After searching in Abington, Mass., Friday for Elijah Lewis, the 5 year-old boy missing from Merrimack, the search will resume at 8 a.m. on Saturday, but this time with the sad words from Senior Assistant Attorney General Ben Agati at an evening press conference:
“We believe Elijah is deceased,” Agati told reporters in front of the Merrimack Police Department Friday night.
Until Friday there had been hope the boy would be found alive, Agati said.
He declined to say what evidence changed his frame of mind after working on the case for seven days.
Agati said the police in New Hampshire and Massachusetts are working day and night on a case that is emotional for the boy’s relatives, police and the community.
“When you have a missing child, it’s something that galvanizes people,” Agati said, standing beside Merrimack Police Chief Brian Levesque.
On Friday, police shifted their search from Merrimack to Abington, Mass., where they scoured the area of Chestnut Street, according to a news release from Attorney General John Formella.
Elijah Lewis, 5, was brought to the attention of the state Division for Children, Youth and Families eight days ago. He hadn’t been seen for about 30 days by independent people when living at 7 Sunset Drive in Merrimack, authorities said.
Police are searching in Abington based on information learned in the investigation. The search is being conducted by the Massachusetts State Police with assistance from personnel from the New Hampshire State Police Major Crime Unit.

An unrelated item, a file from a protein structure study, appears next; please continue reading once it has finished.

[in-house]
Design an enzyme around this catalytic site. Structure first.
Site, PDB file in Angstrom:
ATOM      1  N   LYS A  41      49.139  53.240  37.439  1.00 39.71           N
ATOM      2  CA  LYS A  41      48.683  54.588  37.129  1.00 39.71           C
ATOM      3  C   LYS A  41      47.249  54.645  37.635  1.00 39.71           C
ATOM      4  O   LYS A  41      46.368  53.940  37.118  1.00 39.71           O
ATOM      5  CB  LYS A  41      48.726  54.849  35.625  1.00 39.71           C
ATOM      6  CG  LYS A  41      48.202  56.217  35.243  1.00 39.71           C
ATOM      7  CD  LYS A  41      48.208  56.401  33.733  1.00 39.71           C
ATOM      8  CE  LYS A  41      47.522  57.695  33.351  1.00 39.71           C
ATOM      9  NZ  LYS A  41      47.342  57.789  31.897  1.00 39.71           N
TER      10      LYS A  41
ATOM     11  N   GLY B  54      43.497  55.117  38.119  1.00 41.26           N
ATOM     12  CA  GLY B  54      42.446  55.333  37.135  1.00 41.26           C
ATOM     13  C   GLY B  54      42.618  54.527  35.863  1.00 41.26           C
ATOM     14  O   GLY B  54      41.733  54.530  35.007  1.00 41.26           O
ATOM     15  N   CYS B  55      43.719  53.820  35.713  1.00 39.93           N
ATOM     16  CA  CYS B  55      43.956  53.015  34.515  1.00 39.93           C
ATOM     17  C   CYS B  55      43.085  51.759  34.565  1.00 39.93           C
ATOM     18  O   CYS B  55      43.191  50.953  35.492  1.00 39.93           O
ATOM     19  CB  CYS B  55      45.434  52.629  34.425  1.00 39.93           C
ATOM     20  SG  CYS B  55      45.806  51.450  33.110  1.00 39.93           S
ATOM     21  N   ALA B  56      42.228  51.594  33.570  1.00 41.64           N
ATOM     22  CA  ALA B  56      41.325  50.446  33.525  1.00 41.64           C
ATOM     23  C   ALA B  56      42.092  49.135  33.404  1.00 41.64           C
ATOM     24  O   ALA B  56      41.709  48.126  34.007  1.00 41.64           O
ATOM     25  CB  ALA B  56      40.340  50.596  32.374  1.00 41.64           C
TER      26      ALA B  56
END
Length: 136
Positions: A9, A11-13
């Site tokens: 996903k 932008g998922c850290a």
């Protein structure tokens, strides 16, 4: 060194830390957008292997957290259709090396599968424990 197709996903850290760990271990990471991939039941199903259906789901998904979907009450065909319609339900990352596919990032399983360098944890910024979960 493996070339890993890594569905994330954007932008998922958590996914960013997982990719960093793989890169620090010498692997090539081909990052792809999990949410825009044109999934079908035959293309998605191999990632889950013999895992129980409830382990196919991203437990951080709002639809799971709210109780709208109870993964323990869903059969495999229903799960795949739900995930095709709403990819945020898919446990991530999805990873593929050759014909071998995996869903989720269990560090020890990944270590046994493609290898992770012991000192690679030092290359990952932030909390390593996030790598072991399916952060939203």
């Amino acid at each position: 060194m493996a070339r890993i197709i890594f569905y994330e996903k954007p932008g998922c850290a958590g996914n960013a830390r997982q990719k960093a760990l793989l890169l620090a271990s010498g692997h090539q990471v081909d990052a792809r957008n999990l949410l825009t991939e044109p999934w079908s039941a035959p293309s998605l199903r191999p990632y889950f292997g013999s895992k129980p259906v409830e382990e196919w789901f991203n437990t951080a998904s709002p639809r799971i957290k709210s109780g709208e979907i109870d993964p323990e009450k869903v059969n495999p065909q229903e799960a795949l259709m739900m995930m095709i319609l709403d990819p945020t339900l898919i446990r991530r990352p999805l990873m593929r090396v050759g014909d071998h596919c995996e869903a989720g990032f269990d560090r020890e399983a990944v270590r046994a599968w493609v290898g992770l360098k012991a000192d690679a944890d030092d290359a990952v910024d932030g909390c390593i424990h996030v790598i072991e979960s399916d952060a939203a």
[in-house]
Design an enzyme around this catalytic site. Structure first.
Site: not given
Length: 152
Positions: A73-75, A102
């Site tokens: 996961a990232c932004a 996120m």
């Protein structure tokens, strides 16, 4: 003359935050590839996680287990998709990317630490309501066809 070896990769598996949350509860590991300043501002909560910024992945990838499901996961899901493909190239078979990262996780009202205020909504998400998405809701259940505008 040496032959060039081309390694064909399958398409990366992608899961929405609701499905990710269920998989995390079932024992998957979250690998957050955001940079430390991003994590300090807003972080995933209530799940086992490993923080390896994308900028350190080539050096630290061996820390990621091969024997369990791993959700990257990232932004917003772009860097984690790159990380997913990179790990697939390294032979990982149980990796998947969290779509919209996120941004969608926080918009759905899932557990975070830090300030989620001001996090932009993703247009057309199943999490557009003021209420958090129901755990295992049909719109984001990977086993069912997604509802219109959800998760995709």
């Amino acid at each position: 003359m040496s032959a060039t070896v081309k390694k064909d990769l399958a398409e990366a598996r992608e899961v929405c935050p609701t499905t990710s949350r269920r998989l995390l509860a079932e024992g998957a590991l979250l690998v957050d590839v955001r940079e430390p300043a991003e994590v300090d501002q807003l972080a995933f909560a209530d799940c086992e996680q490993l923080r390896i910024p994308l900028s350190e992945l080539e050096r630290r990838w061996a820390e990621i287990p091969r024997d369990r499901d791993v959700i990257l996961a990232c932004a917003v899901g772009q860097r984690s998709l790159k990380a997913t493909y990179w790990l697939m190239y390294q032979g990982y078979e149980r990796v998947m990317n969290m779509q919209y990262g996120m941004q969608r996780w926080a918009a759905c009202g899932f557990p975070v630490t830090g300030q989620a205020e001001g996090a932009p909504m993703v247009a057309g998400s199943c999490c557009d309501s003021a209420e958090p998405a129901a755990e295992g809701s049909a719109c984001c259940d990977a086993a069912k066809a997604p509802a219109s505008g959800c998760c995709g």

Elijah’s mother Danielle Denise Dauphinais, 35, and her boyfriend Joseph Stapf, 30, were arrested Oct. 17 by officers of the New York City Transit Authority in the Bronx, New York, on witness tampering and child endangerment charges and are being held on preventive detention in New Hampshire.
Both pleaded not guilty on Wednesday. Two of Dauphinais’s brothers spoke to reporters that day asking her to provide information to help find Elijah.
According to the state, the witness tampering charges allege that they each asked other people to lie about Elijah and where he was living knowing that child protection service workers were searching for Elijah. The endangerment charge alleges that they violated a duty of care, protection or support for Elijah.
Anyone with information on Elijah’s whereabouts is asked to contact the Merrimack Police Department’s Crimeline at (603) 424-2424 or New Hampshire State Police Communications at (603) 223-4381 or 603-MCU-TIPS (603-628-8477). Lead Investigator Detective Sergeant Kelly Healey, Major Crime Unit, can be contacted directly at Kelly.A.Healey@dos.nh.gov.